Were you recently married? Are either you or your spouse a resident of a foreign country? Are you planning on making your new home together in the United States? If so, you may be in the process of applying for a green card, which allows an immediate family member of an American citizen, like a spouse, apply for legal residency in the United States. There are a number of steps in the green card application process. You'll need to submit a significant amount of paperwork along with biometric information like fingerprints and photographs.
One of the final and most important steps is the marriage interview. This is a brief appointment in which an immigration official asks both spouses basic questions about their relationship, marriage, and plans for the future. The purpose of the interview is to identify couples who are faking marriages and relationships in order to get a green card. Of course, even if you're not faking your relationship, you may be nervous about the interview. Below are a few tips to help you pass this portion of the process.
Review, but don't rehearse. Much of the interview is a discussion of simple questions about your relationship. The official may ask questions about when and how you met, your first date, and how the proposal took place. He or she could ask questions about your wedding, like where it was and how many guests were there. It's important that you both have similar answers to these questions. However, you don't need to rehearse or memorize information. The official is looking for natural, authentic answers. If it seems like you've memorized a script or a list of information, the official may suspect something is off. Review key points in your relationship, but don't rehearse scripted answers.
Be authentic. Many couples believe they need to be overly affectionate with each other in the interview so the official will believe they're in love. However, the opposite tends to be true. Fake affection is one of the biggest red flags that immigration officials look for. Just be yourselves. If you don't usually display affection in public, there's no reason to do it in the interview. Remember that this is a professional setting as well, so overt affection may not be appropriate.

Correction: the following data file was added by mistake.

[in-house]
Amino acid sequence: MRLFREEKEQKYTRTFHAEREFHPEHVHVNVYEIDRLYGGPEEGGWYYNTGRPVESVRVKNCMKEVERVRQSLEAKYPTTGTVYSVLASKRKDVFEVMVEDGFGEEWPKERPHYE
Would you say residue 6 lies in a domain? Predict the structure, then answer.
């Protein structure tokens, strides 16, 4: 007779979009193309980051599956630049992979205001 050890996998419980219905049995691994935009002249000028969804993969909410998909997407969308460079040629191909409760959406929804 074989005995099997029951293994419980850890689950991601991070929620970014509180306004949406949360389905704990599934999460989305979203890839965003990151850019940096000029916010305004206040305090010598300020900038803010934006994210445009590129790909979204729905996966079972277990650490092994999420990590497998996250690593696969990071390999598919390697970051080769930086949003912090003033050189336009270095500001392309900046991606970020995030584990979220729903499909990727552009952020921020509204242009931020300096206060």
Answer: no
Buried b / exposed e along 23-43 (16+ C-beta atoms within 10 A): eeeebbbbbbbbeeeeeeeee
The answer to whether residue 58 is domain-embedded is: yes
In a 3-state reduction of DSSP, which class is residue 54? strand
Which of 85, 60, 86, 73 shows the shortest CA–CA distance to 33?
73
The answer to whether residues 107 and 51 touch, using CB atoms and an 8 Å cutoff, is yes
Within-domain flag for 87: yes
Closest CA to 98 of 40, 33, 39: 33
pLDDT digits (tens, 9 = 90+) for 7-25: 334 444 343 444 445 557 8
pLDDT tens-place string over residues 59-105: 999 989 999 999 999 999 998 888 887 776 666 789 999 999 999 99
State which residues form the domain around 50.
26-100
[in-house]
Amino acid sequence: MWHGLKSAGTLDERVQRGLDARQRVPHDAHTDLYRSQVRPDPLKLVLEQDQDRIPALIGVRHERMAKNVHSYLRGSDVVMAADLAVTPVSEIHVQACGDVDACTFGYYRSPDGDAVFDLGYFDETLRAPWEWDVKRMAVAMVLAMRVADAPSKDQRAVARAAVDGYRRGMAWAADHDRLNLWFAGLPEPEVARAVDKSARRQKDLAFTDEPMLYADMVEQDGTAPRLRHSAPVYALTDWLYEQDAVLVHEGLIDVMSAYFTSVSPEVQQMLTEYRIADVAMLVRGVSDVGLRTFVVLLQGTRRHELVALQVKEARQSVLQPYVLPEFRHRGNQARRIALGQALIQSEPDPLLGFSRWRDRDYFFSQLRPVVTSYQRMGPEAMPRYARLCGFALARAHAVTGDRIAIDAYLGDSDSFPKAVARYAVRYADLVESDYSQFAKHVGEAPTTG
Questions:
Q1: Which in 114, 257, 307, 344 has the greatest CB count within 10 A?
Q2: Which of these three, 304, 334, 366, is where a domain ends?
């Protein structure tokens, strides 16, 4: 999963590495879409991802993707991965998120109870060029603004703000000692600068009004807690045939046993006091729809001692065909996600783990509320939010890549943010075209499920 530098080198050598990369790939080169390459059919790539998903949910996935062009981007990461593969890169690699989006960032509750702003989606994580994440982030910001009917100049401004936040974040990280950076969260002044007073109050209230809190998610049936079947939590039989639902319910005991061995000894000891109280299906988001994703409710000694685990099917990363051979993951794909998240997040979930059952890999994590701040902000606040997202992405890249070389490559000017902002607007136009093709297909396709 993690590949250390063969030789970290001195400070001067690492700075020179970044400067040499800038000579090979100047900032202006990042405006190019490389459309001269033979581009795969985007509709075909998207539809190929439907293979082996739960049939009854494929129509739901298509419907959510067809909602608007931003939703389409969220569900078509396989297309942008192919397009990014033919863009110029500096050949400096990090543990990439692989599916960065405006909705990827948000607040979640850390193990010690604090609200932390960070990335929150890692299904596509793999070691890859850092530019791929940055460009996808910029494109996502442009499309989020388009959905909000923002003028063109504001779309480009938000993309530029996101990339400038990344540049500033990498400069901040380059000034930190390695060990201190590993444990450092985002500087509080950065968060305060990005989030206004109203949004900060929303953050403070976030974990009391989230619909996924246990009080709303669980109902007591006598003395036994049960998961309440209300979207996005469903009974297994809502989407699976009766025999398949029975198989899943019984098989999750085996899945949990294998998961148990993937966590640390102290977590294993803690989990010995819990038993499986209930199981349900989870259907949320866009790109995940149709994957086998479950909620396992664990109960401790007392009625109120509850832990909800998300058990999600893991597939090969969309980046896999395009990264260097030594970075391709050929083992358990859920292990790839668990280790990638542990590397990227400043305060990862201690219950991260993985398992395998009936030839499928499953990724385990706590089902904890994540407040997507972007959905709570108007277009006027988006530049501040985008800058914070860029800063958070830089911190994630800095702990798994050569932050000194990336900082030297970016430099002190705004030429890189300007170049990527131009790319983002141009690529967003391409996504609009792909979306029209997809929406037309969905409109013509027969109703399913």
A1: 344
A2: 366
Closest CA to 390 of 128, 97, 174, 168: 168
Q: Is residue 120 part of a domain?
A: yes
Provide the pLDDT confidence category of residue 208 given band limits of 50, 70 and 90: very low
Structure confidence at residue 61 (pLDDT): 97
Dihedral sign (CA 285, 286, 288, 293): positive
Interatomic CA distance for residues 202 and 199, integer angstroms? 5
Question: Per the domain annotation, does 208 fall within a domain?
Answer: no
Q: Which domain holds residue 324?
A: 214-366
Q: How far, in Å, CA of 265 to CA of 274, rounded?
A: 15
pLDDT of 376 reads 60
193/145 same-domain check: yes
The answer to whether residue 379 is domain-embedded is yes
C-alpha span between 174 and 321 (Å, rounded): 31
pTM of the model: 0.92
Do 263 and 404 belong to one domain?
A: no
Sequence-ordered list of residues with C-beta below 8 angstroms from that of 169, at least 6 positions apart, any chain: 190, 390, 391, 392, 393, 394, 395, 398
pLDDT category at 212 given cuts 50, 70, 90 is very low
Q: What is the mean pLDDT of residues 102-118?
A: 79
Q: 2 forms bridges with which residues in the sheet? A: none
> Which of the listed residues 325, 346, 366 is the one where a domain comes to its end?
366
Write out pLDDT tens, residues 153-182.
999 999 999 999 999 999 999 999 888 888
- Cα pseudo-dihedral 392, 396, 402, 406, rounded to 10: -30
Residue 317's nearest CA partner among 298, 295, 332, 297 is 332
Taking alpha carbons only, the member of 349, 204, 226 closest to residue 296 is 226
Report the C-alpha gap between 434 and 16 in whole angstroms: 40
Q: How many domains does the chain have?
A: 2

Meet with a professional. You may want to meet with an immigration attorney before your green card interview. They can help you prepare for the interview and give you a glimpse of what to expect. Some attorneys will even conduct a practice interview so you can get comfortable with the process. They can also help you identify materials that support your relationship history, such as pictures together on dates, wedding invitations, and other documentation. If you're concerned about the interview, an immigration attorney could be a helpful resource.
Ready to get started on your green card application. Contact immigration attorneys like Tesoroni & Leroy. They can serve as your guide as you navigate the green card process.Share
24 October 2018
Although I am far from perfect, I have focused on abiding by the local laws for the vast majority of my life. Unfortunately, about five years ago, I realized that I was being accused of a crime that I didn't commit. I thought about letting the trial run its course, but then I realized that fighting would be important to ensure my future. I teamed up with a great lawyer, and things became much easier overnight. My legal counsel told me what to do and what to avoid, and he was able to prove the facts in a court of law. This blog is all about choosing to fight charges.